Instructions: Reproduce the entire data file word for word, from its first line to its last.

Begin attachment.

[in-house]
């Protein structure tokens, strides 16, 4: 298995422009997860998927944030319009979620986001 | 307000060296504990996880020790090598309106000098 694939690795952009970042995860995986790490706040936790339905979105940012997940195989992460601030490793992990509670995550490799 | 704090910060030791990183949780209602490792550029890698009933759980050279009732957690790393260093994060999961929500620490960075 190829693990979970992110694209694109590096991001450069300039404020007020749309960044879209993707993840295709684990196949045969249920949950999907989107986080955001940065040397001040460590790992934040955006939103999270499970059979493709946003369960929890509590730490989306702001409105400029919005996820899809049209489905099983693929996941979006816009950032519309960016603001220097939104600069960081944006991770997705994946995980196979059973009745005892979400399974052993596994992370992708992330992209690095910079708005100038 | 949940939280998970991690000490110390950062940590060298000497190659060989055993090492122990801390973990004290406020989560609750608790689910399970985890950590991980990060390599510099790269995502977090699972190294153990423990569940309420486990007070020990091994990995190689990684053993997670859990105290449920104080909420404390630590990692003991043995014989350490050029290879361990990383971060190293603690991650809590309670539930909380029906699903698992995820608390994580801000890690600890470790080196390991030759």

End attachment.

[in-house]
């Protein structure tokens, strides 16, 4: 298995422009997860998927944030319009979620986001 | 307000060296504990996880020790090598309106000098 694939690795952009970042995860995986790490706040936790339905979105940012997940195989992460601030490793992990509670995550490799 | 704090910060030791990183949780209602490792550029890698009933759980050279009732957690790393260093994060999961929500620490960075 190829693990979970992110694209694109590096991001450069300039404020007020749309960044879209993707993840295709684990196949045969249920949950999907989107986080955001940065040397001040460590790992934040955006939103999270499970059979493709946003369960929890509590730490989306702001409105400029919005996820899809049209489905099983693929996941979006816009950032519309960016603001220097939104600069960081944006991770997705994946995980196979059973009745005892979400399974052993596994992370992708992330992209690095910079708005100038 | 949940939280998970991690000490110390950062940590060298000497190659060989055993090492122990801390973990004290406020989560609750608790689910399970985890950590991980990060390599510099790269995502977090699972190294153990423990569940309420486990007070020990091994990995190689990684053993997670859990105290449920104080909420404390630590990692003991043995014989350490050029290879361990990383971060190293603690991650809590309670539930909380029906699903698992995820608390994580801000890690600890470790080196390991030759």